Sorry for the dumb question.

I am confused to the status of Bitcoin classic. There is a lot of support for Cash on the Classic website which leads me to think they are the same. Also I see more news for Cash than for Classic. Also, was it not true the currency acronym 'BCC' was reserved for Classic? Now I see its used for Bitcoin Cash.

What is the difference between Cash and Classic forks?

2 Answers 2


Bitcoin Cash is an altcoin, i.e. a Bitcoin-like protocol and network that originated from hardforking Bitcoin chainstate. Bitcoin Classic was first a hardfork proposal and then an alternative implementation of first the Bitcoin protocol, then the Bitcoin Cash protocol.

Originally, Bitcoin Classic was a hardfork proposal that advocated for a blocksize increase to be activated with 75% hashrate support. To that end, the Bitcoin Classic repository maintained only the set of changes necessary to introduce said blocksize increase, rebasing this on top of the latest changes of the Bitcoin Core repository. When it became obvious that there was too little support for Classic, the Classic repository started to fall behind, work subsequently being discontinued.

Later, the Bitcoin Classic repository was revived by a developer as an alternative implementation of the Bitcoin protocol. They introduced a number of other changes into this repository instead of only maintaining the code for the blocksize increase. For a while, Bitcoin Classic cooperated with Bitcoin Unlimited, e.g. with both implementations rolling out support for thin blocks. Later, Bitcoin Classic maintained an alternative implementation of the Bitcoin Cash protocol. It was recently discontinued altogether.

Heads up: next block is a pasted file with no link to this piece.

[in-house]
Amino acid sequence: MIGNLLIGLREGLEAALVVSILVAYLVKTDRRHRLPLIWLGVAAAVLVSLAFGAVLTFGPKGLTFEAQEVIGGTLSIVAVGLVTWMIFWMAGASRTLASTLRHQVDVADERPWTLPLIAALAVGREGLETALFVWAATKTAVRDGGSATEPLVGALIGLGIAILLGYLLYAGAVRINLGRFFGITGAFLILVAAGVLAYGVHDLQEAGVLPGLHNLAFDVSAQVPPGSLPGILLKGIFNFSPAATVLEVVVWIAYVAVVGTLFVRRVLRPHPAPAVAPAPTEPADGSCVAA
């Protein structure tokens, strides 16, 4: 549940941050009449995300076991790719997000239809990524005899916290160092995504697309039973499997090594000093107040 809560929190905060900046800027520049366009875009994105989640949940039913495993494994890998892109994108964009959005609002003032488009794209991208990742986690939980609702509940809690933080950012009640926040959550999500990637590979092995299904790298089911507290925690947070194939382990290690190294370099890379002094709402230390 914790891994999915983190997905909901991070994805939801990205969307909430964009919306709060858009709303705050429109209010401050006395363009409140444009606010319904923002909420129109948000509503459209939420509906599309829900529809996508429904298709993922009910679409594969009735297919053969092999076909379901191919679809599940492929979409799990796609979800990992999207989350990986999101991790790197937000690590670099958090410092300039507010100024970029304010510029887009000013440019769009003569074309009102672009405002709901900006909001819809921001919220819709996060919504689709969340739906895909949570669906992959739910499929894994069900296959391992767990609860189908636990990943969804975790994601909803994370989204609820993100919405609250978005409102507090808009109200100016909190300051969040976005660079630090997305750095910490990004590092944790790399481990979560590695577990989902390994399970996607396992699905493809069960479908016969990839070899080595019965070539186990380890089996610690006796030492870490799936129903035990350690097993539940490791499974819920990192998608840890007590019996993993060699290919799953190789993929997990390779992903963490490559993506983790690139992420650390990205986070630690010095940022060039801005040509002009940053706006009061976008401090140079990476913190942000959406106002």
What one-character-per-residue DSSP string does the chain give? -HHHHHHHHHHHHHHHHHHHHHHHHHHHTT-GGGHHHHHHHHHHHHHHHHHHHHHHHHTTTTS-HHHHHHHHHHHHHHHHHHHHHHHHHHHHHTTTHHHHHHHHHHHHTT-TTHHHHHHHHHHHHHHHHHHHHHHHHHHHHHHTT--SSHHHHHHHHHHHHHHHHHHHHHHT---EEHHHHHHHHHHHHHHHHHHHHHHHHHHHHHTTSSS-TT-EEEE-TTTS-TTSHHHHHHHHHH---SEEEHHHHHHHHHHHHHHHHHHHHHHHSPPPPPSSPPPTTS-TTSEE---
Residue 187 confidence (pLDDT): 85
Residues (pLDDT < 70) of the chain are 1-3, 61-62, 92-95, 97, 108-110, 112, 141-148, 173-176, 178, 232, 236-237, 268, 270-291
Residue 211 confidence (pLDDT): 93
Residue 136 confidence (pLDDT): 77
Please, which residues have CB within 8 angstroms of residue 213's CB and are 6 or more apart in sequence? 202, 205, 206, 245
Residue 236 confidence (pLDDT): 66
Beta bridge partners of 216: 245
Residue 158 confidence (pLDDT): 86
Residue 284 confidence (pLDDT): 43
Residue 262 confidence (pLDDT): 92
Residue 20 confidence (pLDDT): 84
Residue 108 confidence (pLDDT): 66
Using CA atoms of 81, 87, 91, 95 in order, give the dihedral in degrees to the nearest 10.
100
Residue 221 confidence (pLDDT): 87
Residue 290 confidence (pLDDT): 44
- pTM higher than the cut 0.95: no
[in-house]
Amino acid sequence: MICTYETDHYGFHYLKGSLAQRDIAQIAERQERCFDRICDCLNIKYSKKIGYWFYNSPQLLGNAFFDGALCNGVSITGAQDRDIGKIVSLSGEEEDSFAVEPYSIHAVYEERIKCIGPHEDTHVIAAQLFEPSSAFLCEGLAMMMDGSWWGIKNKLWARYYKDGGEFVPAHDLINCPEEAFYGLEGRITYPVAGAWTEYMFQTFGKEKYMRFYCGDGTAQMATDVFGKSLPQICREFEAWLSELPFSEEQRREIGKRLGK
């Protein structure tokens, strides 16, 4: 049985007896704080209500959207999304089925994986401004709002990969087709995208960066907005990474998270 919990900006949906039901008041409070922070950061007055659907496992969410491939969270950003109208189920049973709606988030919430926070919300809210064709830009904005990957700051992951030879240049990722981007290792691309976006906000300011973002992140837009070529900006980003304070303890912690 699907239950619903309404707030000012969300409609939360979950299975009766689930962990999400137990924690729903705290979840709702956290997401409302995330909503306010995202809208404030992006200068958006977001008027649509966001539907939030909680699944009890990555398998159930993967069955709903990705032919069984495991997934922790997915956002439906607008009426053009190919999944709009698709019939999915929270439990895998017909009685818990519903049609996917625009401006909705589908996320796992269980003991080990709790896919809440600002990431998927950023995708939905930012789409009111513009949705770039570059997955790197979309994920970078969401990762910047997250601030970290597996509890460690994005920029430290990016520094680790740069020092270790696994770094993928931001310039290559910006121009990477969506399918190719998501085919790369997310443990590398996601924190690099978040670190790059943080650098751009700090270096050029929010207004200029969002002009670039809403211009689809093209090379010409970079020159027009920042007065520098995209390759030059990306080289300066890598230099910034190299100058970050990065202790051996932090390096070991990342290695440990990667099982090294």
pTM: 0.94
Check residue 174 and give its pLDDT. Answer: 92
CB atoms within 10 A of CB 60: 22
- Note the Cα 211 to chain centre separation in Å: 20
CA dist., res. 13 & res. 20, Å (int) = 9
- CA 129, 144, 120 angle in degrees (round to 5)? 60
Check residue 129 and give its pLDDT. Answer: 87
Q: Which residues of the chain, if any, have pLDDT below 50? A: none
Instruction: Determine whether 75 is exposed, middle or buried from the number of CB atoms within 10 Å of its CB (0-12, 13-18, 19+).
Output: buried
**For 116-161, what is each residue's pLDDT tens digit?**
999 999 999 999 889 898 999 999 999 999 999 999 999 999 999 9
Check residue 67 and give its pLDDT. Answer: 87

See Checking/polling a balance of an address in Electrum via the command line/RPC

Bitcoin Cash is essentially a clone of the existing Bitcoin blockchain​ with one important feature: additional block size capacity. Those who owned Bitcoin before the split now own an equal amount of Bitcoin Cash, meaning Bitcoin Cash and Bitcoin each now have 16.5 million units in circulation. Multiply Bitcoin Cash’s recent price of $607 times 16.5 million units, and you arrive at a market cap of $10.8 billion, making it the third-most valuable cryptocurrency​ at around 16% of Bitcoin’s $69 billion market value.

There is one other HUGE difference - it has no platform of use or distribution - meaning the webstores that take bitcoin - do not automatically take bitcoin cash - and the ATM network that sells bitcoin does not just automatically vend also bitcoin cash.

As to the " additional block size capacity " it is likely to work itself out in favor of Bitcoin itself via an upgrade to the Bitcoin network code. see the article above

**** EDIT 9/3/2017 ****

There was a down vote because a reader did not understand the plain answer - which does answer the question.

The simple answer is NO for the reasons in the answer

Bitcoin is a very technical digital currency more people want to "buy" to invest in hopes it will increase rather than use it for an international cash currency it was written to be. In that vein, most websites that accept "bitcoin" - do not interchange "bitcoin cash". That is the real question being asked here in the end.

If a person buys something on our website in bitcoin, it will send a bitcoin address - not a bitcoin cash address

Bitcoin "classic" is the term defined at https://bitcoinclassic.com/ and it is in essence the original Bitcoin

Bitcoin and Bitcoin Cash are different - and yes "cash" is a fork of what one would know as the "Classic" form of Bitcoin. Bitcoin Classic technically has features that fix Bitcoin issues right now - but it is STILL programatically "Bitcoin" - not "Bitcoin Cash"

Read https://bitcoinmagazine.com/articles/four-key-disagreements-between-bitcoin-classic-and-bitcoin-core-four-key-disagreements-between-bitcoin-classic-and-bitcoin-core-four-key-disagreements-between-bitcoin-classic-and-bitcoin-core-1457106744/